>  6. Forbid the use of `default` or `add` metadata operations on any operationally impacting policy field - An intermediary can set a default tos_url, but I can’t add a registration_endpoint or a id_token_signing_alg.
> 
>  7. Define a default behavior for authority_hints where it is a priority list, with the ability to specify other behaviors via future critical claims in the statement.
> 
>  8. Using this default behavior of authority_hints, define a specific resolution steps such that there is a deterministic resolved form of metadata based on a given set of statements. Note now that these inputs and thus this output is invariant to the audience who is doing this evaluation.
> 
>  9. Do not define a broad federation_api_endpoint - define purpose-specific endpoints (since URLs are cheap), The only endpoint needed is to retrieve trust statements from an intermediary. The current form prevents discovery of operational features on the federation api. Note that I already did this above with a trust statement resolution endpoint in policy statements, leaving the federation api endpoint as defined entirely for optional behavior (resolution of statements, evaluation of statements, etc)
> 
>  10. Evaluate whether a trust statement and the entity metadata statement both need to support JWKS e.g. multiple keys. I would expect a trust statement to only use a single JWK.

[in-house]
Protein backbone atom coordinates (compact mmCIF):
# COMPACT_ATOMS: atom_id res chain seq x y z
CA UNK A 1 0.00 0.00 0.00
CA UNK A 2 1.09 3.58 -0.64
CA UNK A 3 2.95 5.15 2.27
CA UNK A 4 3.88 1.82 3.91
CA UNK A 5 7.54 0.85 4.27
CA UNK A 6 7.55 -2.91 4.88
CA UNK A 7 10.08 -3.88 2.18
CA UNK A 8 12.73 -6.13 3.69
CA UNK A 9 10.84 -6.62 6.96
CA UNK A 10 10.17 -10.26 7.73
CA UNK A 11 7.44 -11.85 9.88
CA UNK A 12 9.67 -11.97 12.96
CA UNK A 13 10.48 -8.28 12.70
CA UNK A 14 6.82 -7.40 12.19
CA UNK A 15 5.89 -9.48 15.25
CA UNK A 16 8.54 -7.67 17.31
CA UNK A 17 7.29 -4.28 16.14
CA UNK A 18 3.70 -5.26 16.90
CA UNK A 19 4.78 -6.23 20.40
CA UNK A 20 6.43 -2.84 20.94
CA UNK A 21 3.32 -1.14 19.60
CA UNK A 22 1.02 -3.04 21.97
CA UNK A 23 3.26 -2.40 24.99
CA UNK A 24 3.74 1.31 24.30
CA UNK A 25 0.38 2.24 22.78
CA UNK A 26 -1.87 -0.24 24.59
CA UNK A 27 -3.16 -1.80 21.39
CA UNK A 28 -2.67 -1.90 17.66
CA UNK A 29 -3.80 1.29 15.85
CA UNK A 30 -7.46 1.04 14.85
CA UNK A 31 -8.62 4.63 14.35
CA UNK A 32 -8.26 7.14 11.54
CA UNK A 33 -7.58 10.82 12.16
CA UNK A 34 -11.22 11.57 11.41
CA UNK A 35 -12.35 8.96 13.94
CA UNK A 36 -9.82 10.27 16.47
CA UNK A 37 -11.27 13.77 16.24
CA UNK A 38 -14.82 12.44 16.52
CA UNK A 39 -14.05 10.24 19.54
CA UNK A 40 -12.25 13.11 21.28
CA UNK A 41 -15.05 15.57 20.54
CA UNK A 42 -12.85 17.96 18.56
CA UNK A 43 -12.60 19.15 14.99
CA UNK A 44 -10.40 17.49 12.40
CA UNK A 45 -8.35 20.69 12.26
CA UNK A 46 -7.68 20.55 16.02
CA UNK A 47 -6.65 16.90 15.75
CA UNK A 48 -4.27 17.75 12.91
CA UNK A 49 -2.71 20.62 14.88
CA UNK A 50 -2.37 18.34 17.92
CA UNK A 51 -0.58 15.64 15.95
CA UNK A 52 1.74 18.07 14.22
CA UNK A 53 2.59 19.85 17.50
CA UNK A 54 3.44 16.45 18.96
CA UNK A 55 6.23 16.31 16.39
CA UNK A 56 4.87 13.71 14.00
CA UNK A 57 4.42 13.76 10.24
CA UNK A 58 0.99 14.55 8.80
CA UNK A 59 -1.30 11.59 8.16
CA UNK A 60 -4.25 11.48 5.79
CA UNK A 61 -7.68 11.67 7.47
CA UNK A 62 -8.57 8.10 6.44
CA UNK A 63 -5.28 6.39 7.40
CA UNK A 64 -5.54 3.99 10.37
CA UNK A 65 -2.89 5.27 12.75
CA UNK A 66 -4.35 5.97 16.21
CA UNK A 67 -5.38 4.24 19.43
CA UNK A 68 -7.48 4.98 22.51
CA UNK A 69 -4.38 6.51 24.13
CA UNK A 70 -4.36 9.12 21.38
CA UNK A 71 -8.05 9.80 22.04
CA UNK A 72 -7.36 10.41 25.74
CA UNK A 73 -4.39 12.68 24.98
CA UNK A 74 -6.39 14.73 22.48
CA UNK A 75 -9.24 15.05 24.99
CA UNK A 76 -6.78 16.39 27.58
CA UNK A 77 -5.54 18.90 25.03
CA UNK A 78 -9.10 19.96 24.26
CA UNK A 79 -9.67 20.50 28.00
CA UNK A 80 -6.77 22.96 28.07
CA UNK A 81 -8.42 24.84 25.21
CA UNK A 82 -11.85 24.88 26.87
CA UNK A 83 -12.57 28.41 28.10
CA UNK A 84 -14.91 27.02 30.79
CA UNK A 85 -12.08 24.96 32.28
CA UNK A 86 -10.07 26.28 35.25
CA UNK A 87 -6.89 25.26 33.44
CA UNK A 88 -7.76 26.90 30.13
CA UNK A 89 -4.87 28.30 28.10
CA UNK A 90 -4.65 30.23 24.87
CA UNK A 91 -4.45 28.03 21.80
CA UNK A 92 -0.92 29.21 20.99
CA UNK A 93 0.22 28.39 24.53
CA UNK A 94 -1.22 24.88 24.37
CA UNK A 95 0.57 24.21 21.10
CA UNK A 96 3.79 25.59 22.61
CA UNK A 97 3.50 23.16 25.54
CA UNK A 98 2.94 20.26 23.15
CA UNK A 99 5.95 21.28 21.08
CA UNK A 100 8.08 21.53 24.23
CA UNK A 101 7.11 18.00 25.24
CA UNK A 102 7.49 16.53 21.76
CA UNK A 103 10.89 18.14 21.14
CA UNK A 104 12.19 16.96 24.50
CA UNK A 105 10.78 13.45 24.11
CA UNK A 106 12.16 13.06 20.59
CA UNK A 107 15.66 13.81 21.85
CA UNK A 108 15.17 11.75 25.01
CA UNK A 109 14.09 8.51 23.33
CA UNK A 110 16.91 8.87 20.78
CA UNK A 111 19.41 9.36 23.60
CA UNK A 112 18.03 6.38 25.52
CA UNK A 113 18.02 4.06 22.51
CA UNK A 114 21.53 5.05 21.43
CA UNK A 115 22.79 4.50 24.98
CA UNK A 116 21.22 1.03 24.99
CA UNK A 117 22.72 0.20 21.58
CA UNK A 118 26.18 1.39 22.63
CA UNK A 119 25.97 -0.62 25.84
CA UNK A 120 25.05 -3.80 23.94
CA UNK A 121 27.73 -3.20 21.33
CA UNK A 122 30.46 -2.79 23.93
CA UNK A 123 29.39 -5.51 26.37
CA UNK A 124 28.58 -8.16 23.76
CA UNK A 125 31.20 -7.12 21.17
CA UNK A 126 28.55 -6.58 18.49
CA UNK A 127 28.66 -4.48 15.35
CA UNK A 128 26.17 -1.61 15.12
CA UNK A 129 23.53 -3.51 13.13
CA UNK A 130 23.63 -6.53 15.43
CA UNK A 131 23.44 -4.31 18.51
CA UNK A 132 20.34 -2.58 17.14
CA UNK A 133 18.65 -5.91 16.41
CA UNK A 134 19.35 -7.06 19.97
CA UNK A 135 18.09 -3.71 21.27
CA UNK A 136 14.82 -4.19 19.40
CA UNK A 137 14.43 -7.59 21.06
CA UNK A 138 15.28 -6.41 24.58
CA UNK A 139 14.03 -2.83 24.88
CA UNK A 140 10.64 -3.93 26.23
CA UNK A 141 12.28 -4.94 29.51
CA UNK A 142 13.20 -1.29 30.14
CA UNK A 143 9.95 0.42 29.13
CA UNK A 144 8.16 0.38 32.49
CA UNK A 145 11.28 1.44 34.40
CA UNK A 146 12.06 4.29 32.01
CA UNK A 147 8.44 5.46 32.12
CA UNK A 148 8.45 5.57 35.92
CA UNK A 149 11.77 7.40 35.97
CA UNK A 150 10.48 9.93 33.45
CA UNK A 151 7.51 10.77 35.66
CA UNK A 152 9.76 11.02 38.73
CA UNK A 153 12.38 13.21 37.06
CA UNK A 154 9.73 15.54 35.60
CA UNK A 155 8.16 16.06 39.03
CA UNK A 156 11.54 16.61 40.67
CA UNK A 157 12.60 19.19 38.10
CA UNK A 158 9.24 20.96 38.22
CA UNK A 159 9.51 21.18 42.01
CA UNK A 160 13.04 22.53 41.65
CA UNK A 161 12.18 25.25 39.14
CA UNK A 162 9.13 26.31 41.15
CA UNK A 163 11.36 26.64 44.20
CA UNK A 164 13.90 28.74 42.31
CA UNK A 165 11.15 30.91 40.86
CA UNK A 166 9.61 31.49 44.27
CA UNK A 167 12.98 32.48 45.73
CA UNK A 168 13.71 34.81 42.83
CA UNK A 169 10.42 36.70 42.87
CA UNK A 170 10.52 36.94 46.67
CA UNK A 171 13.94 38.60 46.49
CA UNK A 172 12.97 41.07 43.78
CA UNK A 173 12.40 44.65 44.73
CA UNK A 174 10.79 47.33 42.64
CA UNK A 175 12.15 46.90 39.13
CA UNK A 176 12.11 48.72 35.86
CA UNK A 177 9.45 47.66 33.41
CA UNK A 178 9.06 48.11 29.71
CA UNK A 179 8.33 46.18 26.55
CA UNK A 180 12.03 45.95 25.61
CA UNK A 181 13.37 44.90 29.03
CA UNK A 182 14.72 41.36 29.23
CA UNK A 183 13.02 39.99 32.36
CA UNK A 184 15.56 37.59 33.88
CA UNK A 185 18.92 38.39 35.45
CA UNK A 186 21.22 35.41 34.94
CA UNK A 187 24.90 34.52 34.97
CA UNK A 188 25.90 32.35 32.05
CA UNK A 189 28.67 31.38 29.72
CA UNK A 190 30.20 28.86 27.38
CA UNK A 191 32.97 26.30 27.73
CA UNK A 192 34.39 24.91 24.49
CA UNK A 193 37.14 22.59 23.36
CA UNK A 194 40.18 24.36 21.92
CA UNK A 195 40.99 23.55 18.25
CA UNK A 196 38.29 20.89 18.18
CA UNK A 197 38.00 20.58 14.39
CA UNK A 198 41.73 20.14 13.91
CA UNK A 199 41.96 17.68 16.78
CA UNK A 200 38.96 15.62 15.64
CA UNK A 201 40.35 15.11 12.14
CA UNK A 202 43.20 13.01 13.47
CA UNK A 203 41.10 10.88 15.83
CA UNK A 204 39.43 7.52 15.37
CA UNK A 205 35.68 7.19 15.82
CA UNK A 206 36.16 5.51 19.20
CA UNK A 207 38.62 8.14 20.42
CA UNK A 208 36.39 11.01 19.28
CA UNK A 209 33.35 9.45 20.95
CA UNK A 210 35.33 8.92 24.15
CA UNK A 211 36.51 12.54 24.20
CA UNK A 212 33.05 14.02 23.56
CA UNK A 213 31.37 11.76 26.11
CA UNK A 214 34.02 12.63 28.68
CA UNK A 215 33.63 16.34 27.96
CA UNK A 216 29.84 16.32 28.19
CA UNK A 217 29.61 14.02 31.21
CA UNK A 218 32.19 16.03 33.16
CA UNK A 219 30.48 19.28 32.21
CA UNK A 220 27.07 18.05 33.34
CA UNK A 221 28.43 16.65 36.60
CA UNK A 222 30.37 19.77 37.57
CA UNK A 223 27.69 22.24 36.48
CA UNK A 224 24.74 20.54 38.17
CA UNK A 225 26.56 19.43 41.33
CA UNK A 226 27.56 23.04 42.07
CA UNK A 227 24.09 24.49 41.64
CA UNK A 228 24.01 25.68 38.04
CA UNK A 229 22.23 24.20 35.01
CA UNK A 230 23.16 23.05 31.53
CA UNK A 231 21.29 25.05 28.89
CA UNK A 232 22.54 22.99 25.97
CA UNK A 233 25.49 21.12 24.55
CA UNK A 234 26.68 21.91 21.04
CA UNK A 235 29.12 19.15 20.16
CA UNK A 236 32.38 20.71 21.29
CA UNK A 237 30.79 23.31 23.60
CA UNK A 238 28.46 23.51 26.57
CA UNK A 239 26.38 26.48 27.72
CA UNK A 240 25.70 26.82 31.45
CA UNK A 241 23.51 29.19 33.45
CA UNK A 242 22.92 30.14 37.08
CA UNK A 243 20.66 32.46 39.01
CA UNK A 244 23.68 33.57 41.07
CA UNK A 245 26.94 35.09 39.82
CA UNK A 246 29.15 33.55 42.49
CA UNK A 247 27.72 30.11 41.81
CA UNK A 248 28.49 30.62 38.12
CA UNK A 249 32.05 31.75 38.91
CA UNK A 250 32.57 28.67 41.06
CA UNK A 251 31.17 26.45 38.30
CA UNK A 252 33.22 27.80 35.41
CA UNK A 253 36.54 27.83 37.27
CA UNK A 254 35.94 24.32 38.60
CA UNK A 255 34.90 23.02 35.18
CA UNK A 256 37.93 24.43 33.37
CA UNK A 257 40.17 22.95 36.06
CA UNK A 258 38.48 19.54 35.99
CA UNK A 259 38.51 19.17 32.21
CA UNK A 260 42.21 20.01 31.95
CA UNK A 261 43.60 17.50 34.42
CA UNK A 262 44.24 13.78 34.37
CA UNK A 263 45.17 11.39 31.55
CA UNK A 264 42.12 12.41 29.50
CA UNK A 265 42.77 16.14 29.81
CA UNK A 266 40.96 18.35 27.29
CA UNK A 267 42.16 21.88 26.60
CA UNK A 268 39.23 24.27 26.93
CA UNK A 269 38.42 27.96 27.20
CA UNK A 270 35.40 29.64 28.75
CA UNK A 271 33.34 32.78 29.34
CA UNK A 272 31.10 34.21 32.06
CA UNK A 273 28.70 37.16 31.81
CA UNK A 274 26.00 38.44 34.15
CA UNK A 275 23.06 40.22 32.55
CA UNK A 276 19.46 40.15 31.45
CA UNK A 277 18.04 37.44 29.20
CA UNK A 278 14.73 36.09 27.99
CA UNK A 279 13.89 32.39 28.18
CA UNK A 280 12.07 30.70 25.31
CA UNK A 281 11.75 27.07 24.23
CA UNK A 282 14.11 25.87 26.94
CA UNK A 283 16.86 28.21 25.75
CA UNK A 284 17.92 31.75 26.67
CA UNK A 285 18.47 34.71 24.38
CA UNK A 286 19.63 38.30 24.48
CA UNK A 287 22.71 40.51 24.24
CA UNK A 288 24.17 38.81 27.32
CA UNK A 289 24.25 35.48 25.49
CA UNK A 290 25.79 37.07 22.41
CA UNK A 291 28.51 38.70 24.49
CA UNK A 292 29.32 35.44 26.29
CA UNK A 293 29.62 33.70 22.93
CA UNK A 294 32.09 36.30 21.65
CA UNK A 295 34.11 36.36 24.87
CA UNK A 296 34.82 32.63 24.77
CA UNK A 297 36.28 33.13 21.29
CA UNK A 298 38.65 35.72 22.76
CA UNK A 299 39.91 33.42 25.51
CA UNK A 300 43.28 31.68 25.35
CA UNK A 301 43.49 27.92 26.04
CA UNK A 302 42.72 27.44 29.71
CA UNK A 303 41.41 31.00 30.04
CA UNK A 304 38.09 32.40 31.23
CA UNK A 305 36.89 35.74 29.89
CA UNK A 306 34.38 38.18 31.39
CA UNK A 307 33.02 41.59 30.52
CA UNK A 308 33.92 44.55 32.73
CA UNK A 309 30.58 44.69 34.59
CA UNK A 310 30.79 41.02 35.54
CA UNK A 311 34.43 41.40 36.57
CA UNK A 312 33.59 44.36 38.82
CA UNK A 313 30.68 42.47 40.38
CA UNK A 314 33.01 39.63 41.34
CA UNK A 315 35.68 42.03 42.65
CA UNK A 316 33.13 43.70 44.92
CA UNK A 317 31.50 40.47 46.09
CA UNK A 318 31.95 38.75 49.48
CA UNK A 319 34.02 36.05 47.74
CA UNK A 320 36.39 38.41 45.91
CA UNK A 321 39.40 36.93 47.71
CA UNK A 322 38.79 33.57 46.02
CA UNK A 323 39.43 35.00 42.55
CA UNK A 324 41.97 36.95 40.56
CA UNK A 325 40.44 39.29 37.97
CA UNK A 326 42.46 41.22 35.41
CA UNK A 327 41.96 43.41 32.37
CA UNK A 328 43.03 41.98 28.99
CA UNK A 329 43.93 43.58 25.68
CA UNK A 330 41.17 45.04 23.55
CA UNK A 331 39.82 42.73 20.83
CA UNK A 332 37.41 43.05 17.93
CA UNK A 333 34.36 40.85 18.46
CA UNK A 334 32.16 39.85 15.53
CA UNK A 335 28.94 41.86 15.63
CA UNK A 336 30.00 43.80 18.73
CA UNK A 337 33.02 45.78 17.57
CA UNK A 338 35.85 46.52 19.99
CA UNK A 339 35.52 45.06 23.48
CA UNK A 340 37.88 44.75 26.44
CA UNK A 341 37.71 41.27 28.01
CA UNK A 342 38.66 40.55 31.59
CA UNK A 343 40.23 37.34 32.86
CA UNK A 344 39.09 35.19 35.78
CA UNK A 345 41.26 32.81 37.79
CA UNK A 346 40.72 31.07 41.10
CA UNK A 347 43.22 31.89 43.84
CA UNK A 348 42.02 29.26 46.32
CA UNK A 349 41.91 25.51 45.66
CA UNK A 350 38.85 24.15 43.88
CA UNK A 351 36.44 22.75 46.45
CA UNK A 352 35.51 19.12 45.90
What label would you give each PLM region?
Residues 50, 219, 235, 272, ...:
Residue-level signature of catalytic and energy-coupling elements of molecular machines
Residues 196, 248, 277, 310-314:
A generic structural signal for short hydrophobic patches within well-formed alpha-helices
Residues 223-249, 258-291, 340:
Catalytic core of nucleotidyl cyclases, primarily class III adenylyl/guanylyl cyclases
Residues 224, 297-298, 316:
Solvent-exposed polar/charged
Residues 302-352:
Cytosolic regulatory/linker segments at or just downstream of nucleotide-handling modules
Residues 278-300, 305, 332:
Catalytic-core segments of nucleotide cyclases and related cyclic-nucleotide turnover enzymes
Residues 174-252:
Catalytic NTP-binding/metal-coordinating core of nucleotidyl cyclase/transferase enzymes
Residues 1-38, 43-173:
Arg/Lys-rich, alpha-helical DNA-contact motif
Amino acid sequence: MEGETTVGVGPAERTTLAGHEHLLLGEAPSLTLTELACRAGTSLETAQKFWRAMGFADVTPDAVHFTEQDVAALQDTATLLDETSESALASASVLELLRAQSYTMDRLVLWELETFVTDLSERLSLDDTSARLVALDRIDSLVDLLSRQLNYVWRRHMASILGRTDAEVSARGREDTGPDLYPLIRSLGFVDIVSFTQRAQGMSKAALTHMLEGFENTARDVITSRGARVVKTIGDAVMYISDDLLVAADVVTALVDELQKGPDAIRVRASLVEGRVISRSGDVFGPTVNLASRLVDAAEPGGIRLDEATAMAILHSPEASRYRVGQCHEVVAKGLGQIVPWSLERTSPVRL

> 
> (I can elaborate and propose PRs for these separately, but do not wish to do so before broader discussion.)
> 
> -DW
> 
> > On May 25, 2021, at 5:27 PM, Mike Jones via Openid-specs-ab <openid-specs-ab at lists.openid.net <mailto:openid-specs-ab at lists.openid.net>> wrote:
> > 
> > The OpenID Connect Federation specification has been updated to add Security Considerations text.  As discussed in the recent OpenID Connect working group calls, we are currently reviewing the specification in preparation for it becoming the third and possibly last Implementer’s Draft.
> >  
> > Working group members (and others!) are encouraged to provide feedback on the draft soon before we start the foundation-wide review.  We will probably decide next week to progress the draft to foundation-wide review.  In particular, there’s been interest recently in both Entity Statements and Automatic Registration among those working on Self-Issued OpenID Provider extensions.  Reviews of those features would be particularly welcome.
> >  
> > The updated specification is published at:
> >       • https://openid.net/specs/openid-connect-federation-1_0-16.html <https://openid.net/specs/openid-connect-federation-1_0-16.html>
> >  
> > Thanks to Roland Hedberg for the updates!
> >  
> >                                                        -- Mike
> >  
> > P.S.  This notice was also published at https://self-issued.info/?p=2175 <https://self-issued.info/?p=2175> and as @selfissued.
> >